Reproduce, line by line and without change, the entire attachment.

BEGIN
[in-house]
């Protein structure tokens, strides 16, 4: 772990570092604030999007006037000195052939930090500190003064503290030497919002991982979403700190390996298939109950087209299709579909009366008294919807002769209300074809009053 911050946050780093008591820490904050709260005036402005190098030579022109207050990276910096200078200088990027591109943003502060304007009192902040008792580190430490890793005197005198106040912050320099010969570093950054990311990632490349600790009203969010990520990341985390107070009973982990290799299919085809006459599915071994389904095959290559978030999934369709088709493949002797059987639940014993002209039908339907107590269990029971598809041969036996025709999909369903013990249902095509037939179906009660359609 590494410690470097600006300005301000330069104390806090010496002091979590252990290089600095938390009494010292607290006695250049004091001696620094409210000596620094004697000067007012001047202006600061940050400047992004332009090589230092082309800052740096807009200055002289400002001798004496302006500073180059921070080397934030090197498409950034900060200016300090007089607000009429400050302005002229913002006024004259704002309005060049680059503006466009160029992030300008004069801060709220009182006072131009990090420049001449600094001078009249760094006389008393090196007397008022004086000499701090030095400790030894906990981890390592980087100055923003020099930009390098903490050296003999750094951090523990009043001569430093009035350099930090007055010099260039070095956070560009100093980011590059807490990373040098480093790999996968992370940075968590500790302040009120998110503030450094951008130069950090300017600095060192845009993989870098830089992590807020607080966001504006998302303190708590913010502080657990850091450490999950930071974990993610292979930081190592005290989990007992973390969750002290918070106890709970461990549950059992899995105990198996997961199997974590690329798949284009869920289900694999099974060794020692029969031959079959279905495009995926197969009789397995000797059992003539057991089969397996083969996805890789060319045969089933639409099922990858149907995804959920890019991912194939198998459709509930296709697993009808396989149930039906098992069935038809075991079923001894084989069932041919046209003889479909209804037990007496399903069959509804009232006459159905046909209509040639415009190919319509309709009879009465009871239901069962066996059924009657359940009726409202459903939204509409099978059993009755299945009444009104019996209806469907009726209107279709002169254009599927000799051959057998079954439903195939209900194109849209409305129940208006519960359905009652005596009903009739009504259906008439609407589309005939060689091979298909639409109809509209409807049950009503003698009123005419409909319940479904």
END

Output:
[in-house]
């Protein structure tokens, strides 16, 4: 772990570092604030999007006037000195052939930090500190003064503290030497919002991982979403700190390996298939109950087209299709579909009366008294919807002769209300074809009053 911050946050780093008591820490904050709260005036402005190098030579022109207050990276910096200078200088990027591109943003502060304007009192902040008792580190430490890793005197005198106040912050320099010969570093950054990311990632490349600790009203969010990520990341985390107070009973982990290799299919085809006459599915071994389904095959290559978030999934369709088709493949002797059987639940014993002209039908339907107590269990029971598809041969036996025709999909369903013990249902095509037939179906009660359609 590494410690470097600006300005301000330069104390806090010496002091979590252990290089600095938390009494010292607290006695250049004091001696620094409210000596620094004697000067007012001047202006600061940050400047992004332009090589230092082309800052740096807009200055002289400002001798004496302006500073180059921070080397934030090197498409950034900060200016300090007089607000009429400050302005002229913002006024004259704002309005060049680059503006466009160029992030300008004069801060709220009182006072131009990090420049001449600094001078009249760094006389008393090196007397008022004086000499701090030095400790030894906990981890390592980087100055923003020099930009390098903490050296003999750094951090523990009043001569430093009035350099930090007055010099260039070095956070560009100093980011590059807490990373040098480093790999996968992370940075968590500790302040009120998110503030450094951008130069950090300017600095060192845009993989870098830089992590807020607080966001504006998302303190708590913010502080657990850091450490999950930071974990993610292979930081190592005290989990007992973390969750002290918070106890709970461990549950059992899995105990198996997961199997974590690329798949284009869920289900694999099974060794020692029969031959079959279905495009995926197969009789397995000797059992003539057991089969397996083969996805890789060319045969089933639409099922990858149907995804959920890019991912194939198998459709509930296709697993009808396989149930039906098992069935038809075991079923001894084989069932041919046209003889479909209804037990007496399903069959509804009232006459159905046909209509040639415009190919319509309709009879009465009871239901069962066996059924009657359940009726409202459903939204509409099978059993009755299945009444009104019996209806469907009726209107279709002169254009599927000799051959057998079954439903195939209900194109849209409305129940208006519960359905009652005596009903009739009504259906008439609407589309005939060689091979298909639409109809509209409807049950009503003698009123005419409909319940479904």